From the moment the investor call started, you could hear Nanosonics’ chief executive, Michael Kavanagh, smiling down the phone. And with good reason: the company posted record sales for the year, with revenue up 93% to $43m, and Nanosonics turned a profit for the first time.
The net profit of $3.4m in the second half of the financial year – and $122,000 for the full year – isn’t anything to get excited about but the fact that the company is now self-sustaining, without need for constant capital injections, is.
Management attributed the strong sales result to favourable market conditions and increasing awareness of the company’s disinfection device. New guidelines from the Scottish healthcare regulator were released and require higher disinfection standards for ultrasound exams. This helped boost sales in the region and new standards for England are expected to be released within the next few months. Nanosonics has one of the most thorough disinfection technologies around, so whenever requirements get stricter customer orders go up.
Installed base reaches 10,000
Revenue doubles and now profitable
Lock in profits
The company now has more than 10,000 trophon units installed worldwide and more than 8,700 in North America – an increase of 74% on 2015. Management boasted that the technology is now used in 48 of the top 50 hospitals in the US.
The installed base is the figure we watch most closely as it supports ongoing sales of high-margin disinfection cartridges.
Nanosonics’ business model is similar to that of Gillette: the razor's base is sold relatively cheaply, but then the customer is locked into buying high-priced replaceable blades. With this in mind, as disinfection cartridges become a larger proportion of Nanosonics’ sales, the company’s margins increase – indeed, the gross margin rose from 69% to 75% over the year.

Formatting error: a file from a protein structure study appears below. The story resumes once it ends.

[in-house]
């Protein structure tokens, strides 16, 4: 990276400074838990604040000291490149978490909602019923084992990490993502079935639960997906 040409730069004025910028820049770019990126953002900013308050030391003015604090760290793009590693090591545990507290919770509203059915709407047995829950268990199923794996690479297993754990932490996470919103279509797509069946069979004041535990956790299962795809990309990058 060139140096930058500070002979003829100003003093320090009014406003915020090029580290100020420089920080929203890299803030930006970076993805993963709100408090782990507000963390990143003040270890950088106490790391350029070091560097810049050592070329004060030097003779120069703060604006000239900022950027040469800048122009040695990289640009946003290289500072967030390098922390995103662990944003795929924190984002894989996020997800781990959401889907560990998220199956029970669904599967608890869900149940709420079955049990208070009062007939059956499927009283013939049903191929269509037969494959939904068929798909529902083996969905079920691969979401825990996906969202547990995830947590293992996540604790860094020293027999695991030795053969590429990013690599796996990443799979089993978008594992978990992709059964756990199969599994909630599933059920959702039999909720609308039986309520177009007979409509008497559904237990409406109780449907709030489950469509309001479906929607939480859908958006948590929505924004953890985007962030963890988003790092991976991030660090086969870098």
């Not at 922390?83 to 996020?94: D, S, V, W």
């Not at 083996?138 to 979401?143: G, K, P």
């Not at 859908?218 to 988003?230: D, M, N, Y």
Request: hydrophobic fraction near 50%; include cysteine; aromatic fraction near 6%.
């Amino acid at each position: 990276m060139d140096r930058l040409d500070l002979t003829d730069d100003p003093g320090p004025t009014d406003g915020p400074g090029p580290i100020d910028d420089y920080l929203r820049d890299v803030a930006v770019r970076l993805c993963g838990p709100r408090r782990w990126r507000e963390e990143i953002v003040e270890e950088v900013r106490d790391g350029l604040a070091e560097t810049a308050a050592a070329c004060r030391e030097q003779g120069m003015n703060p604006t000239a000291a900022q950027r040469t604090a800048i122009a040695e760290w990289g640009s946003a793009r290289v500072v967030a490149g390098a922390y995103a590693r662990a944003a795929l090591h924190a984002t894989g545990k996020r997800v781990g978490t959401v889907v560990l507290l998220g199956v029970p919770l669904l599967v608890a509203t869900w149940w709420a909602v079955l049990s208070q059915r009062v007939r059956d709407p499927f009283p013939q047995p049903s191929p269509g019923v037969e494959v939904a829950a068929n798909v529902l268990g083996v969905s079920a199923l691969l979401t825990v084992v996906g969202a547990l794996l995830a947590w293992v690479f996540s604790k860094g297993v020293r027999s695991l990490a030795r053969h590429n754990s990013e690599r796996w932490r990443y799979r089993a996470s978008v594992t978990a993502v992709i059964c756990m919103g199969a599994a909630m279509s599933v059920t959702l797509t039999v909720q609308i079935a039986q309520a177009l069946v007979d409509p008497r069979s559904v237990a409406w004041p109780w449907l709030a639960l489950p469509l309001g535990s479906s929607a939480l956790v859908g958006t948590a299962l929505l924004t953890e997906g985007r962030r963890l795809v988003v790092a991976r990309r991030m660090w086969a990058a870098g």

Nanosonics is working on future generations of trophon and increased research and development spending by almost 50% to $7.3m. Nanosonics has $49m of cash in the bank, which is more than enough to cover its expenditure needs as it grows, especially now that it's profitable.
Lock in profits
We laid out Nanosonics’ big picture growth potential when we first upgraded the stock in Nanosonics builds a better mousetrap on 10 Mar 14 (Speculative Buy – $0.785). The stock has more than tripled since then.
|Year to June||2016||2015|| /(–)
|Gross Profit ($m)||32.2||15.3||110|
|Net Profit ($m)||0.1||(5.5)||n/a|
Nanosonics’ incredible success has left us conflicted when it comes to valuing the company and our official recommendation. On the one hand, the company currently has a market cap of around $800m – 19 times revenue. On the face of it, that looks like a ludicrous valuation for a young, risky, one-product company.
On the other hand, management believes there's room to have an installed base of 40,000 units in North America alone. A trophon unit costs around $10,000 and needs replacing every four to five years. On top of this, healthcare facilities need to spend around $3,000 a year on high-margin consumable items. If management gets anywhere near its goal, we would expect revenue of $200m or more, and a net profit of $30–40m doesn’t seem far fetched given margins will almost certainly be higher than today. Suddenly, a market cap of $800m looks more reasonable.
We got into Nanosonics early, and we’re reluctant to get out while the company has only reached a fraction of its potential. In these situations, we think it's better to focus on managing risks than trying to value the company with false precision. We're happy to hold Nanosonics for the long term but, given the share price rise, the stock may have become an dangerously large portion of your portfolio. If that's the case, we highly recommend that you lock in profits to maintain a maximum portfolio weighting of 2%.
Though this is arguably Nanosonics’ best result yet, it’s important to remember that this is still a one-product company in a highly competitive market, and that makes it risky. HOLD.
Disclosure: The author owns shares in Nanosonics